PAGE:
From the view of larger-than-life Ghandi through the eyes of his grandson in Grandfather Ghandi by Arun Ghandi and Bethany Hegedus and illustrated by Evan Turk to the patient story of perseverance in Hana Hashimoto, Sixth Violin by Chieri Uegaki and illustrated by Qin Leng to I Remember Beirut by Zeina Abirached, the graphic novel that shows kids ordinary life inside a war zone — these are lovely, educational, and inspirational stories.
We’re such fans of Maria Popova’s Brainpickings, an “interestingness digest” which lives up to its description. Her point-of-view seems to be off-the-beaten path books that have a strong artistic bent, that adults are guaranteed to appreciate as much as kid do. Honestly, we want to read everything on this list which are all take-your-breath-away beautiful.
11 picks are all described with great detail, so it’s worth clicking over. You’ll find selections like Louis I, King of the Sheep by Olivier Tallec; the captivating new-baby book The Menino by Argentine pop-singer Isol; Home by Carson Ellis; and the classic fable The Tiger Who Would Be King by James Thurber with new illustrations by JooHee Yoon; The Little Gardener by Emily Hughes; and even the brand new Dr. Seuss book that was unearthed and published this year, What Pet Should I Get?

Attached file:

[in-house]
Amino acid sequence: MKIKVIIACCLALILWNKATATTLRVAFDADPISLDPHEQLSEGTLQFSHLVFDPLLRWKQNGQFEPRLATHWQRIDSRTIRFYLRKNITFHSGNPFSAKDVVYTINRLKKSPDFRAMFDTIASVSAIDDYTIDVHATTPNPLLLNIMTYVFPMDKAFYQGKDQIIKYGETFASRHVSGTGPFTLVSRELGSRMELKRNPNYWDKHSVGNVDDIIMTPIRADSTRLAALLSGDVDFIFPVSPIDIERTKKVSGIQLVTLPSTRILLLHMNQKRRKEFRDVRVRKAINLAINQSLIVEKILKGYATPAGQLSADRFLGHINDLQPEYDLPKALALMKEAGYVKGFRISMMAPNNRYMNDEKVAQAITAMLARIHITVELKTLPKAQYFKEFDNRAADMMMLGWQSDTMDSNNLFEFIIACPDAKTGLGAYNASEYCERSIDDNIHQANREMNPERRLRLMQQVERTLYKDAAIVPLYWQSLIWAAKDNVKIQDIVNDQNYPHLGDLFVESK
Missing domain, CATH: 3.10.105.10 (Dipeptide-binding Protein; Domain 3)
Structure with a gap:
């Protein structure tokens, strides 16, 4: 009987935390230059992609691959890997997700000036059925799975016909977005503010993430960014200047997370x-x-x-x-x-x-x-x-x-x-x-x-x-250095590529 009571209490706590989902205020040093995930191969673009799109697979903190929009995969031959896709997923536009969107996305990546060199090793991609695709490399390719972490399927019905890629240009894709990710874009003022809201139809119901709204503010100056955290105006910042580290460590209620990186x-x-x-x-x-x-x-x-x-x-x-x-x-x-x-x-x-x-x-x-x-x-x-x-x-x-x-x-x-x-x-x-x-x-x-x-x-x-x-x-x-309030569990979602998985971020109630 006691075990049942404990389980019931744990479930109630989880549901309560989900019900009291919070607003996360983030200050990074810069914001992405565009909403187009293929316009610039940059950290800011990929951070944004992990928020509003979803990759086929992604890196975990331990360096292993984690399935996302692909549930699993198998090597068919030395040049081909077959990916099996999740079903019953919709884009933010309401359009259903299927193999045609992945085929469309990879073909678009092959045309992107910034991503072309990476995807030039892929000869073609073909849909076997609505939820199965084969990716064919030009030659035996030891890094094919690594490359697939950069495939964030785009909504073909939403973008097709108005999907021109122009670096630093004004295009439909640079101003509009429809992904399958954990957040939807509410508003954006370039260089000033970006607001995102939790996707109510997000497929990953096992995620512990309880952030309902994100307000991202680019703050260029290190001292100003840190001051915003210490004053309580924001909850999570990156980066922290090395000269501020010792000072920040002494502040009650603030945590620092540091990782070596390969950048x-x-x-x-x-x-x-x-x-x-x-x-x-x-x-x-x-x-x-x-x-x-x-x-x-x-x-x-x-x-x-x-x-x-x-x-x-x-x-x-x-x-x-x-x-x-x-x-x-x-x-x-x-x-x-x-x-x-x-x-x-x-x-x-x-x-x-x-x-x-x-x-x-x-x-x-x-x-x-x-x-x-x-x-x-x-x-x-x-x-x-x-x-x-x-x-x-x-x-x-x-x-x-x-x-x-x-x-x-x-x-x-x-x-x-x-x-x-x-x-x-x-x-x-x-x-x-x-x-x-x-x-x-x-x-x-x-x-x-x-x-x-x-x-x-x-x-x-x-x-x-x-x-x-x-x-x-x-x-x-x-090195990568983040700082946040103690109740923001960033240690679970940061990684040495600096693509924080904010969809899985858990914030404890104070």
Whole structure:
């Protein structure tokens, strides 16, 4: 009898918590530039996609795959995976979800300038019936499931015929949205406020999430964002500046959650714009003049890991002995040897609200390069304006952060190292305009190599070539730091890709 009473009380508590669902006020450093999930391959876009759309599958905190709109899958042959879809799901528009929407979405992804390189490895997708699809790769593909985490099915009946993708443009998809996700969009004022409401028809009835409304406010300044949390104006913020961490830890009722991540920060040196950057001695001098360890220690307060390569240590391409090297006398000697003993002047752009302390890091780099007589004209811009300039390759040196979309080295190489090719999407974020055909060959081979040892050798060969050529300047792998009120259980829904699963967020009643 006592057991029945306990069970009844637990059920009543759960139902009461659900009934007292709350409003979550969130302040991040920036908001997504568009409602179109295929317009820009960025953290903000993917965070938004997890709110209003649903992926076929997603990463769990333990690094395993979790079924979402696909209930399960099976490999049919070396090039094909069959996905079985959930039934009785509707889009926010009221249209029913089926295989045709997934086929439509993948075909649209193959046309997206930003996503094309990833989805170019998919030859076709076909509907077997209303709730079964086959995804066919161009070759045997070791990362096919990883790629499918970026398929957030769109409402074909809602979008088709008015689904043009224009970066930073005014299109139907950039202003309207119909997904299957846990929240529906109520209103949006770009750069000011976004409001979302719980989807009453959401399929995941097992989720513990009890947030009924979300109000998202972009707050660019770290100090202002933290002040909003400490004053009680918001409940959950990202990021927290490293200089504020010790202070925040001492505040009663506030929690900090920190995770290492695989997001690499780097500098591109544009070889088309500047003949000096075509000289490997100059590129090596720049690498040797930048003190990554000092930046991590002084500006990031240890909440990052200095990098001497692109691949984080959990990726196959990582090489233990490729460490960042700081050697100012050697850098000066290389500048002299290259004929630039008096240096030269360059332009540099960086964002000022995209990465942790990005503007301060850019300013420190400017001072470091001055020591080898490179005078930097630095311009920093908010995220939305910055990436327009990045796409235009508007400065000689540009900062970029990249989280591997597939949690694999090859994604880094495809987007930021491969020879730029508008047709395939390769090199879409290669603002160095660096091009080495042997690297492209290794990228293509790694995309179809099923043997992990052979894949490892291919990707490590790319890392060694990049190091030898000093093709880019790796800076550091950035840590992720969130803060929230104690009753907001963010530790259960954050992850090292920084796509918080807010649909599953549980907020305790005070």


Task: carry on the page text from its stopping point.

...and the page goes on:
We recommended Brightly earlier this year, as a great new reading resource for parents, and we continue to appreciate their specific, helpful, and meaningful content and book recommendations that they share throughout the year. So, of course, we had to pay attention to their own best kids’ books list too. The list of 11 recommended books from each of their contributors includes another one of our favorites — Waiting by Kevin Henkes — along some new books we’re excited to check out. Like Polar Bear’s Underwear by Tupera Tupera; The Jumbies by Tracey Baptiste; and Every Last Word by Tamara Ireland Stone.
Hey, how can you not love a best kids’ book list that’s accessible enough to include underwear jokes?